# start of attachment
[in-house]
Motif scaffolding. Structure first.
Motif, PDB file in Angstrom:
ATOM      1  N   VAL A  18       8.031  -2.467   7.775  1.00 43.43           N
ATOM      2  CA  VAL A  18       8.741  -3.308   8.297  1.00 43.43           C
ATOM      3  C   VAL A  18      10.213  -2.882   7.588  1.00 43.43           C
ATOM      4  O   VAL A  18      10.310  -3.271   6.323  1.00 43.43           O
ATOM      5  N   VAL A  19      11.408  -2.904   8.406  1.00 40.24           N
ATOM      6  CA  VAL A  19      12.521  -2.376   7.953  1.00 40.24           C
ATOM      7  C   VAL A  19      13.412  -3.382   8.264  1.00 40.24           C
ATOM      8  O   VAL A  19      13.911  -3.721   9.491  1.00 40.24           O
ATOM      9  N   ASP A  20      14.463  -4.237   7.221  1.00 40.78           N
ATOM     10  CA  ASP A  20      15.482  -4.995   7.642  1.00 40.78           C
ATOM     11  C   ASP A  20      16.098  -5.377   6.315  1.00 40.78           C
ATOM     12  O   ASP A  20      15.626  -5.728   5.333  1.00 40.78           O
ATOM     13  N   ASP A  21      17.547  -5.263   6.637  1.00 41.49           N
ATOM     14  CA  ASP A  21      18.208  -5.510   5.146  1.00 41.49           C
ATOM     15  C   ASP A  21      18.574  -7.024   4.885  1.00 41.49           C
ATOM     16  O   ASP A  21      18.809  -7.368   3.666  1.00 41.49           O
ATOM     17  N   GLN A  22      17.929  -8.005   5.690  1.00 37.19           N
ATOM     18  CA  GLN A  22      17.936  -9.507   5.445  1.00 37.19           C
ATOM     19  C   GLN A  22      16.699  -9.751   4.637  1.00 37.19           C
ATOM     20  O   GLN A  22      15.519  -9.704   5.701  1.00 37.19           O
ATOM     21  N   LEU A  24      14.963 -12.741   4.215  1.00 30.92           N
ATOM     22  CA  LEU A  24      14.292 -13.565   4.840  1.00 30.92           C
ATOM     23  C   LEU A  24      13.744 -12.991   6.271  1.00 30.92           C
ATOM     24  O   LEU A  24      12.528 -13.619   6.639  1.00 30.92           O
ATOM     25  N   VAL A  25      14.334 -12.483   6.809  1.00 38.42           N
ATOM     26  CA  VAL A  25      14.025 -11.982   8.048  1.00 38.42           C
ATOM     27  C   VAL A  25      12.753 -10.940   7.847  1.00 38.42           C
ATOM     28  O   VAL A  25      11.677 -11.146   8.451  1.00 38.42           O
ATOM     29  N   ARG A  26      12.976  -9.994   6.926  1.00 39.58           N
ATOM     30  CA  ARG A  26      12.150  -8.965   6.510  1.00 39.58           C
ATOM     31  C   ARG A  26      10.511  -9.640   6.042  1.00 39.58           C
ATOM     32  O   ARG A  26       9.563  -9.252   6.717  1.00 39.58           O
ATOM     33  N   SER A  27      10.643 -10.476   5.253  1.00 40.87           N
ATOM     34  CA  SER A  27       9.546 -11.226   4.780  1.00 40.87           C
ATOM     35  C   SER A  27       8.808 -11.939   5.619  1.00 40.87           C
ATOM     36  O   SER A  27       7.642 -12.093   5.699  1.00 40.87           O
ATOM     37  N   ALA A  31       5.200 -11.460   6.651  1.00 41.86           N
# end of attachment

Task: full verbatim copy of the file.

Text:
[in-house]
Motif scaffolding. Structure first.
Motif, PDB file in Angstrom:
ATOM      1  N   VAL A  18       8.031  -2.467   7.775  1.00 43.43           N
ATOM      2  CA  VAL A  18       8.741  -3.308   8.297  1.00 43.43           C
ATOM      3  C   VAL A  18      10.213  -2.882   7.588  1.00 43.43           C
ATOM      4  O   VAL A  18      10.310  -3.271   6.323  1.00 43.43           O
ATOM      5  N   VAL A  19      11.408  -2.904   8.406  1.00 40.24           N
ATOM      6  CA  VAL A  19      12.521  -2.376   7.953  1.00 40.24           C
ATOM      7  C   VAL A  19      13.412  -3.382   8.264  1.00 40.24           C
ATOM      8  O   VAL A  19      13.911  -3.721   9.491  1.00 40.24           O
ATOM      9  N   ASP A  20      14.463  -4.237   7.221  1.00 40.78           N
ATOM     10  CA  ASP A  20      15.482  -4.995   7.642  1.00 40.78           C
ATOM     11  C   ASP A  20      16.098  -5.377   6.315  1.00 40.78           C
ATOM     12  O   ASP A  20      15.626  -5.728   5.333  1.00 40.78           O
ATOM     13  N   ASP A  21      17.547  -5.263   6.637  1.00 41.49           N
ATOM     14  CA  ASP A  21      18.208  -5.510   5.146  1.00 41.49           C
ATOM     15  C   ASP A  21      18.574  -7.024   4.885  1.00 41.49           C
ATOM     16  O   ASP A  21      18.809  -7.368   3.666  1.00 41.49           O
ATOM     17  N   GLN A  22      17.929  -8.005   5.690  1.00 37.19           N
ATOM     18  CA  GLN A  22      17.936  -9.507   5.445  1.00 37.19           C
ATOM     19  C   GLN A  22      16.699  -9.751   4.637  1.00 37.19           C
ATOM     20  O   GLN A  22      15.519  -9.704   5.701  1.00 37.19           O
ATOM     21  N   LEU A  24      14.963 -12.741   4.215  1.00 30.92           N
ATOM     22  CA  LEU A  24      14.292 -13.565   4.840  1.00 30.92           C
ATOM     23  C   LEU A  24      13.744 -12.991   6.271  1.00 30.92           C
ATOM     24  O   LEU A  24      12.528 -13.619   6.639  1.00 30.92           O
ATOM     25  N   VAL A  25      14.334 -12.483   6.809  1.00 38.42           N
ATOM     26  CA  VAL A  25      14.025 -11.982   8.048  1.00 38.42           C
ATOM     27  C   VAL A  25      12.753 -10.940   7.847  1.00 38.42           C
ATOM     28  O   VAL A  25      11.677 -11.146   8.451  1.00 38.42           O
ATOM     29  N   ARG A  26      12.976  -9.994   6.926  1.00 39.58           N
ATOM     30  CA  ARG A  26      12.150  -8.965   6.510  1.00 39.58           C
ATOM     31  C   ARG A  26      10.511  -9.640   6.042  1.00 39.58           C
ATOM     32  O   ARG A  26       9.563  -9.252   6.717  1.00 39.58           O
ATOM     33  N   SER A  27      10.643 -10.476   5.253  1.00 40.87           N
ATOM     34  CA  SER A  27       9.546 -11.226   4.780  1.00 40.87           C
ATOM     35  C   SER A  27       8.808 -11.939   5.619  1.00 40.87           C
ATOM     36  O   SER A  27       7.642 -12.093   5.699  1.00 40.87           O
ATOM     37  N   ALA A  31       5.200 -11.460   6.651  1.00 41.86           N